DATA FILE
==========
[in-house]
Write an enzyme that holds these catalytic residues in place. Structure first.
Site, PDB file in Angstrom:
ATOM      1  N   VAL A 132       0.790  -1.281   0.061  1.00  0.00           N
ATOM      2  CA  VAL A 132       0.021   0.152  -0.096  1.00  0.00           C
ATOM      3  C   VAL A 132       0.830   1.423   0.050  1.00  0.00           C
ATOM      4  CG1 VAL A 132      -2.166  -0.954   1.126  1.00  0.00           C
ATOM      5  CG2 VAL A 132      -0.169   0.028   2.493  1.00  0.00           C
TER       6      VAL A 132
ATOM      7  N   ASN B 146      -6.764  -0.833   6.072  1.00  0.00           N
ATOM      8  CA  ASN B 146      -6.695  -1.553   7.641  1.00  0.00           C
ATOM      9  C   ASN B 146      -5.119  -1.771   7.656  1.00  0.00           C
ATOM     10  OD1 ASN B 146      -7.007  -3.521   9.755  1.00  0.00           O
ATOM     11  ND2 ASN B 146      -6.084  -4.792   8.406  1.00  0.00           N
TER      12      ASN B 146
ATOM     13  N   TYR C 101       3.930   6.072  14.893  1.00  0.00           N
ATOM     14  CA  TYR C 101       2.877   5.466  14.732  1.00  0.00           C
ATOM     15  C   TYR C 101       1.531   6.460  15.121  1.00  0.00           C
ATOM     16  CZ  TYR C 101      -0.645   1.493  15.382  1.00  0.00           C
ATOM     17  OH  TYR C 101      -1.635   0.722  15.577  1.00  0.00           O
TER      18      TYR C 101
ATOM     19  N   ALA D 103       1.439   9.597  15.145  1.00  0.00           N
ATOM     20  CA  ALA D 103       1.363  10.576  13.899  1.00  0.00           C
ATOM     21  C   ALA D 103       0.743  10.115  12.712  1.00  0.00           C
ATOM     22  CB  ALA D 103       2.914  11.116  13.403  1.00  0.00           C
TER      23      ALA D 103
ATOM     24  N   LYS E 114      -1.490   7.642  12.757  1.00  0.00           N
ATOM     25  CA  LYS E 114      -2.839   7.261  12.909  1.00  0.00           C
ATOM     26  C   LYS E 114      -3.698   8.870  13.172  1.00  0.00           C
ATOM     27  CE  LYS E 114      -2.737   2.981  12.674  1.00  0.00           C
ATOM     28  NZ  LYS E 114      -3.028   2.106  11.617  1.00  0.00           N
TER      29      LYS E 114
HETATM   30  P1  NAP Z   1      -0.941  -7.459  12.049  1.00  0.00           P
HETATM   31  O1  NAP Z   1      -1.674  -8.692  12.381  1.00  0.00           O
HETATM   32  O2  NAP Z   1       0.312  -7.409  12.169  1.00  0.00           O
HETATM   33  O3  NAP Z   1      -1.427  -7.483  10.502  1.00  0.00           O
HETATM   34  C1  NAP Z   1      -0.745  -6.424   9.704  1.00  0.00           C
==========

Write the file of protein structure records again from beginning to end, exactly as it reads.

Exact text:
[in-house]
Write an enzyme that holds these catalytic residues in place. Structure first.
Site, PDB file in Angstrom:
ATOM      1  N   VAL A 132       0.790  -1.281   0.061  1.00  0.00           N
ATOM      2  CA  VAL A 132       0.021   0.152  -0.096  1.00  0.00           C
ATOM      3  C   VAL A 132       0.830   1.423   0.050  1.00  0.00           C
ATOM      4  CG1 VAL A 132      -2.166  -0.954   1.126  1.00  0.00           C
ATOM      5  CG2 VAL A 132      -0.169   0.028   2.493  1.00  0.00           C
TER       6      VAL A 132
ATOM      7  N   ASN B 146      -6.764  -0.833   6.072  1.00  0.00           N
ATOM      8  CA  ASN B 146      -6.695  -1.553   7.641  1.00  0.00           C
ATOM      9  C   ASN B 146      -5.119  -1.771   7.656  1.00  0.00           C
ATOM     10  OD1 ASN B 146      -7.007  -3.521   9.755  1.00  0.00           O
ATOM     11  ND2 ASN B 146      -6.084  -4.792   8.406  1.00  0.00           N
TER      12      ASN B 146
ATOM     13  N   TYR C 101       3.930   6.072  14.893  1.00  0.00           N
ATOM     14  CA  TYR C 101       2.877   5.466  14.732  1.00  0.00           C
ATOM     15  C   TYR C 101       1.531   6.460  15.121  1.00  0.00           C
ATOM     16  CZ  TYR C 101      -0.645   1.493  15.382  1.00  0.00           C
ATOM     17  OH  TYR C 101      -1.635   0.722  15.577  1.00  0.00           O
TER      18      TYR C 101
ATOM     19  N   ALA D 103       1.439   9.597  15.145  1.00  0.00           N
ATOM     20  CA  ALA D 103       1.363  10.576  13.899  1.00  0.00           C
ATOM     21  C   ALA D 103       0.743  10.115  12.712  1.00  0.00           C
ATOM     22  CB  ALA D 103       2.914  11.116  13.403  1.00  0.00           C
TER      23      ALA D 103
ATOM     24  N   LYS E 114      -1.490   7.642  12.757  1.00  0.00           N
ATOM     25  CA  LYS E 114      -2.839   7.261  12.909  1.00  0.00           C
ATOM     26  C   LYS E 114      -3.698   8.870  13.172  1.00  0.00           C
ATOM     27  CE  LYS E 114      -2.737   2.981  12.674  1.00  0.00           C
ATOM     28  NZ  LYS E 114      -3.028   2.106  11.617  1.00  0.00           N
TER      29      LYS E 114
HETATM   30  P1  NAP Z   1      -0.941  -7.459  12.049  1.00  0.00           P
HETATM   31  O1  NAP Z   1      -1.674  -8.692  12.381  1.00  0.00           O
HETATM   32  O2  NAP Z   1       0.312  -7.409  12.169  1.00  0.00           O
HETATM   33  O3  NAP Z   1      -1.427  -7.483  10.502  1.00  0.00           O
HETATM   34  C1  NAP Z   1      -0.745  -6.424   9.704  1.00  0.00           C